And now in 2019, in the 8th year of the New Roots Youth Garden being an active teaching youth garden, we have 12 raised beds, two waist-high beds, two garden trugs, a Littles Learning Space, a gorgeous pollinator garden, an herb garden, a fence-side garden full of summer cantaloupe, a wonderful pumpkin/melon patch that overflow into the yard, two happy little fig trees and a lovely 3 Sisters Garden and a 3-section compost system. Little's Garden and Pollinator garden

 The Garden continues to grow and will keep flourishing under the love and care of the volunteers and children that tend to the veggies and fruits. We grow a broad range of garden vegetables including tomatoes, squash, peppers, beans, kale, spinach, radishes, carrots, turnips, garlic, cabbage, and peas. The gardens also include cantaloupe, watermelon, and pumpkin which allow children and adults to see that it doesn’t take much space to eat a little more healthy.

Caterpillar on parsley Bee good!  Pick a Pepper
Photos courtesy: ESVMG

 The next time you are in Cape Charles, come see the magic growing at the corner of Fig and Mason! 

Northampton Free Library Pollinator Garden

Northampton Free Library Master Garden
Photos courtesy of ESVMG

The Pollinator Garden is located at 7745 Seaside Road, Nassawadox, VA.—near the intersection of Seaside Road and Rogers Drive. This Garden was envisioned by Sam Pitts of the Master Gardeners and the Nature Conservancy as a Native Plant Garden for pollinators. It was established by Karen Howell, Laura Stewart and other Master Gardeners, circa 2008, shortly after the Library was built and is maintained by the Master Gardeners of the Eastern Shore of Virginia.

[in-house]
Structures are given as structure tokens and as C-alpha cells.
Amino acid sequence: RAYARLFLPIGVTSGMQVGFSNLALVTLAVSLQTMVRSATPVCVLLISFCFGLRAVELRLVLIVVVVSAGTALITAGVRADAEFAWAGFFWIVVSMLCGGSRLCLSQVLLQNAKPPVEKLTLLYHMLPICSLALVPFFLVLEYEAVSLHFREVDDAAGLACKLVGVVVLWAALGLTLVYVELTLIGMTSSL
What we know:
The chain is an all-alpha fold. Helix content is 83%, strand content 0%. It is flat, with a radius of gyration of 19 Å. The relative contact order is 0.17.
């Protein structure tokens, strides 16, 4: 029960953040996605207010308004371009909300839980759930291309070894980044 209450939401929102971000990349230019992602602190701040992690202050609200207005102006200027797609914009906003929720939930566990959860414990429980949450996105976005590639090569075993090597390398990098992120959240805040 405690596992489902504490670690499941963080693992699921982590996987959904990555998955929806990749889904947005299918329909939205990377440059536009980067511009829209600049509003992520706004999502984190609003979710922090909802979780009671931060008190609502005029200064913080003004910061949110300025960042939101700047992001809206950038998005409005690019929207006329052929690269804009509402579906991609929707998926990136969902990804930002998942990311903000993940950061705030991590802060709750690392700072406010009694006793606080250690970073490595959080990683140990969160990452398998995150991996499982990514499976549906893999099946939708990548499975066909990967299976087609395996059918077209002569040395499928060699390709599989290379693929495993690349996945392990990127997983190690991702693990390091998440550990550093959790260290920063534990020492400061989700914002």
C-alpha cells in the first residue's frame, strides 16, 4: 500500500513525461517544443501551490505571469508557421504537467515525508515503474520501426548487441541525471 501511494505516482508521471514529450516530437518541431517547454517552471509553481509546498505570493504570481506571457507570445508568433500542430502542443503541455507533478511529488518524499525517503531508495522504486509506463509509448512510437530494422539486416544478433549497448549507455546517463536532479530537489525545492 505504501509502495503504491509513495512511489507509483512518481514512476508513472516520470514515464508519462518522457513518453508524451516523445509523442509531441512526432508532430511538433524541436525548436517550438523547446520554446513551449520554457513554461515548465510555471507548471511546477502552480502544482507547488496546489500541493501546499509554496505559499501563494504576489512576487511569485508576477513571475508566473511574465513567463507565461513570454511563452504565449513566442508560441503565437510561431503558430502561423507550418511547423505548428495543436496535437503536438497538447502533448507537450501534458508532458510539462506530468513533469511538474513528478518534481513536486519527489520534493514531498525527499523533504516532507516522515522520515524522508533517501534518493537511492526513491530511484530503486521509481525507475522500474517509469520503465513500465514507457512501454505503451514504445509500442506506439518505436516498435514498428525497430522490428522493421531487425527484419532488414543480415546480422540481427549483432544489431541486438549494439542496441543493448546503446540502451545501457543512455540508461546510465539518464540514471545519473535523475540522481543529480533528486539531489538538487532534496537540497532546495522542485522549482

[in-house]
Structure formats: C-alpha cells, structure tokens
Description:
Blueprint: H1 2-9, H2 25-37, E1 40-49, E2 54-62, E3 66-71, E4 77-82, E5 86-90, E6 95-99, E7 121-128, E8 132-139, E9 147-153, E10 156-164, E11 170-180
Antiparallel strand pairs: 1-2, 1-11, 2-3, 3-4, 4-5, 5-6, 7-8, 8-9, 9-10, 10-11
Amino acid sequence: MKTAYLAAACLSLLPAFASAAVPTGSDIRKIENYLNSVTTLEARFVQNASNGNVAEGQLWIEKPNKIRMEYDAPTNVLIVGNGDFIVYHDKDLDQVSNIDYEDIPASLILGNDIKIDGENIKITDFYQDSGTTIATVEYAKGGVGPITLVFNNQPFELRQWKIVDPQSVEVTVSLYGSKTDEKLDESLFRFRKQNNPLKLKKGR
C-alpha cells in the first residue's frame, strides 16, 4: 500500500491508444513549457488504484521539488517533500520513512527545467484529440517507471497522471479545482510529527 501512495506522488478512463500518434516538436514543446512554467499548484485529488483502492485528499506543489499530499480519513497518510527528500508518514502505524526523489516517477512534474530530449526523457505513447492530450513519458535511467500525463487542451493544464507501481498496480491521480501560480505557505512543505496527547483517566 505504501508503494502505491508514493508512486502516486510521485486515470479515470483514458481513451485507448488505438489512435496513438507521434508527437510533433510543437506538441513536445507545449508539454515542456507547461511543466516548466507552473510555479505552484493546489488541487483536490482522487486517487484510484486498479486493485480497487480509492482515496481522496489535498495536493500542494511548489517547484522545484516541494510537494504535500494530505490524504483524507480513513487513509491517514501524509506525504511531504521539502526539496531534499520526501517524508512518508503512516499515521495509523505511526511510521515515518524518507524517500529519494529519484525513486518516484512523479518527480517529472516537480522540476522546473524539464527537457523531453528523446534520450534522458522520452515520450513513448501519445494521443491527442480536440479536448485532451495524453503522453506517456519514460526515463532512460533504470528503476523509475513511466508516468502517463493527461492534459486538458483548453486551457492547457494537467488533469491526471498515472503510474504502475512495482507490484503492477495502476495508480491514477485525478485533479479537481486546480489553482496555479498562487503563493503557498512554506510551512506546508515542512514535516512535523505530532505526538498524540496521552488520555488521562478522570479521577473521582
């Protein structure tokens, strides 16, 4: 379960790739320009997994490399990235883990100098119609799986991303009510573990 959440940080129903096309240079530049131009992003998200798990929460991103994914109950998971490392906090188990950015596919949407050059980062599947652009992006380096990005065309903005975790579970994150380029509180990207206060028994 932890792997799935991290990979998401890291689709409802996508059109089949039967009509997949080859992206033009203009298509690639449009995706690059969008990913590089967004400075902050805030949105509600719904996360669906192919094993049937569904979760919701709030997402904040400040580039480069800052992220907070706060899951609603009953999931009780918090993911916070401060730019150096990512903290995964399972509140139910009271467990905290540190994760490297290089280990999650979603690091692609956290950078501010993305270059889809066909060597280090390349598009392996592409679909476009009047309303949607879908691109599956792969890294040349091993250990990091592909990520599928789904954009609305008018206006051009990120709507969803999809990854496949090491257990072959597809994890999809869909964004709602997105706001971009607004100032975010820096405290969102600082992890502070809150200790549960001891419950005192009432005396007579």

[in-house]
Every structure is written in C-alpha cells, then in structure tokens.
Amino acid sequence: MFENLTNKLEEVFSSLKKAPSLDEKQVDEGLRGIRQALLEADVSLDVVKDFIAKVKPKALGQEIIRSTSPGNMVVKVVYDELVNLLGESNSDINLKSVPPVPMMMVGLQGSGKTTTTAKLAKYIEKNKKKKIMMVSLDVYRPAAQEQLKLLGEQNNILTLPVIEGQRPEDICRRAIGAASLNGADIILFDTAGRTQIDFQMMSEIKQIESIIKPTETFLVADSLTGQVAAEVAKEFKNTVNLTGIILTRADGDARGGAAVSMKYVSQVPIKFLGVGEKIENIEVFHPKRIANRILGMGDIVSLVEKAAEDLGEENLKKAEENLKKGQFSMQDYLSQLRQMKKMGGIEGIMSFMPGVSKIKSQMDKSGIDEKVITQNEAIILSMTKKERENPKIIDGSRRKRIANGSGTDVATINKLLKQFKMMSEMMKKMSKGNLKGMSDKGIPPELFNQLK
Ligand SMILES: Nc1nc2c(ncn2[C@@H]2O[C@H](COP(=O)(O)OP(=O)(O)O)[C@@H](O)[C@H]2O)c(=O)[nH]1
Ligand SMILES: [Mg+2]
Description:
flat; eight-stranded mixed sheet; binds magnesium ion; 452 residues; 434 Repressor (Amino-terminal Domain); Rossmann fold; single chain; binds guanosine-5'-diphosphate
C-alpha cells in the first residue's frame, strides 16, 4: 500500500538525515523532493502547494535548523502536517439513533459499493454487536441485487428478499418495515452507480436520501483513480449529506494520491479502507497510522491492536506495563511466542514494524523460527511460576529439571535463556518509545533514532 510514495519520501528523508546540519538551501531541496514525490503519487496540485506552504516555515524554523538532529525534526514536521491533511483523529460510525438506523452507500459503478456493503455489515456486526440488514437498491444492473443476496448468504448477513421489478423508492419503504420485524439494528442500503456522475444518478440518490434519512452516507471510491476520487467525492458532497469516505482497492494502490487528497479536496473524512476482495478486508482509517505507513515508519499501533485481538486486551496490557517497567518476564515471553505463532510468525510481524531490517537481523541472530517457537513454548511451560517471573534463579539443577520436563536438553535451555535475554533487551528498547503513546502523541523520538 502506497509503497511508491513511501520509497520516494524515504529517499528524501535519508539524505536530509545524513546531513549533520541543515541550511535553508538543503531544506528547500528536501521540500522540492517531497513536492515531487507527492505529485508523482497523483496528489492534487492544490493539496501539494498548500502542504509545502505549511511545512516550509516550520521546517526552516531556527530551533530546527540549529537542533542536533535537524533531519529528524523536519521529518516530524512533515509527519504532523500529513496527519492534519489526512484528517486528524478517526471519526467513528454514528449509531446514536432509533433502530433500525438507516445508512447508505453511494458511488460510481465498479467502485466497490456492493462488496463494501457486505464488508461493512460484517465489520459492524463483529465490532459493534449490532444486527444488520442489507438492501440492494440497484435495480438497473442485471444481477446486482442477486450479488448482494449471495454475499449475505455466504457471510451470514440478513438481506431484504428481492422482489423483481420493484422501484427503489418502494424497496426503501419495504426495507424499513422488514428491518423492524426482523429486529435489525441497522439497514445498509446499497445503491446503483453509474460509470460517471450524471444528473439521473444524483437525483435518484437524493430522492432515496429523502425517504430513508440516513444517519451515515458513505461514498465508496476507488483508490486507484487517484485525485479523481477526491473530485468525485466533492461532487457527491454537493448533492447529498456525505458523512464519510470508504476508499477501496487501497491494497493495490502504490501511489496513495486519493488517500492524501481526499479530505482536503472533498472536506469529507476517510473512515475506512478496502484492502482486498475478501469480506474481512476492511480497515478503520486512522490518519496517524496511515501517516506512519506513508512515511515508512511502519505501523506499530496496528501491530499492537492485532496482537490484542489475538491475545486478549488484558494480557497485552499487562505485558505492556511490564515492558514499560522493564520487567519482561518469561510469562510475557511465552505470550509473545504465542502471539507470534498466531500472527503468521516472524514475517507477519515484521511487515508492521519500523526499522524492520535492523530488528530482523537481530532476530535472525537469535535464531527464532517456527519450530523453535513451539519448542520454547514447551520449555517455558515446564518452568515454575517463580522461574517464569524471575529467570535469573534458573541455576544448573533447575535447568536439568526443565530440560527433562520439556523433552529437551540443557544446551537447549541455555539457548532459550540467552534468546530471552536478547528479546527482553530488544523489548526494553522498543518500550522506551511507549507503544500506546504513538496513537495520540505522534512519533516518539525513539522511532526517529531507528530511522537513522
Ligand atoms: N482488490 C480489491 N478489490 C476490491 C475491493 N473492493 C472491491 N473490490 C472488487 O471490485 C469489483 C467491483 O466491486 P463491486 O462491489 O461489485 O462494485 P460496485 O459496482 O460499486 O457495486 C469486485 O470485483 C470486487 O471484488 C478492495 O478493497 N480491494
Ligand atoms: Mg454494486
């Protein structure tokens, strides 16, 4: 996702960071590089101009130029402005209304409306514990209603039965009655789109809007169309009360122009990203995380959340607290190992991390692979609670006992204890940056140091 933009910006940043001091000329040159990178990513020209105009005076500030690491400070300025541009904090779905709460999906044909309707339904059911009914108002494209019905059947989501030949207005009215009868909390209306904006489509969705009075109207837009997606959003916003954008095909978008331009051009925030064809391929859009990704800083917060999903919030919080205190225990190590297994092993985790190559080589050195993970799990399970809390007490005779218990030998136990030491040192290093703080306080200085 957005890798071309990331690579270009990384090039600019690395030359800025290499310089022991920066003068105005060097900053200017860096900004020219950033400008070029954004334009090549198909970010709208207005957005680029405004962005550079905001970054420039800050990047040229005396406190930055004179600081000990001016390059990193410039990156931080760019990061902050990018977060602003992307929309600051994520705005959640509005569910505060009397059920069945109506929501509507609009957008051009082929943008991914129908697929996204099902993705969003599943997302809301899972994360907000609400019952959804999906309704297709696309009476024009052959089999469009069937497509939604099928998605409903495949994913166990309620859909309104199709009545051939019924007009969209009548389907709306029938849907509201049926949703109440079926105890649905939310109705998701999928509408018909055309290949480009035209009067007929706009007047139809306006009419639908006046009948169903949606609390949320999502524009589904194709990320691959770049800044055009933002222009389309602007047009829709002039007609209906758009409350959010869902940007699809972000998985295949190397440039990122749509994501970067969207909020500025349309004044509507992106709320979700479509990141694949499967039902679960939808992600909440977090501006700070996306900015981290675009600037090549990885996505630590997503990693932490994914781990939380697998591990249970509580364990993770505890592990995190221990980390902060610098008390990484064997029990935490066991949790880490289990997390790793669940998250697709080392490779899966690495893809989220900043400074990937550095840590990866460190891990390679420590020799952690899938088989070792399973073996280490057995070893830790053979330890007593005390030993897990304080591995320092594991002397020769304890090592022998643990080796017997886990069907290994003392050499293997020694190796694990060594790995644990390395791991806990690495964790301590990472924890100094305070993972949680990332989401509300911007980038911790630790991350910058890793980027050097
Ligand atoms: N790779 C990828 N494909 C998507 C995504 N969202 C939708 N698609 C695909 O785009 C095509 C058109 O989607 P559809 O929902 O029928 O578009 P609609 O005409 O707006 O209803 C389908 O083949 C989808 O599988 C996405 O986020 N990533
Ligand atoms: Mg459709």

In the spring of 2017, a new trellis for the climbing vines—native Coral honeysuckle (Lonicera sempervirens) and Yellow Jessamine (Gelsemiun sempervirens) – was installed. Both these natives are frequented by hummingbirds and butterflies. The Coral honeysuckle has covered the trellis.

Volunteers and trellis  Trellis with flowering vines

Native plants in the Garden include Tickseed (Coreopsis lanceolata), Dwarf Joe Pye Weed (Eupatorium dubium) Beebalm (Monarda fistuulosa) Garden phlox (Phlox paniculata), Black-eyed Susan (Rudbeckia hirta) and Goldenrod (Solidago rugosa).

Tickseed and butterflies Monarda and bee

Over the years, some of the Native Plants have been replaced by non-native cultivars, such as Fennel which provides food for larval Swallowtail and other butterflies, intended to provide a diversity of host and nectar plants for a wide variety of pollinators. 

Yellow zinnia and Monarch butterfly Pink zinnia and butterfly


We might think we are nurturing our garden, but of course it's our garden that is really nurturing us. -Jenny Uglow 

We hope you will visit the gardens in Northampton County often. Maybe you will be a Master Gardener who coaxes beauty from the soil.

Happy gardening, everyone!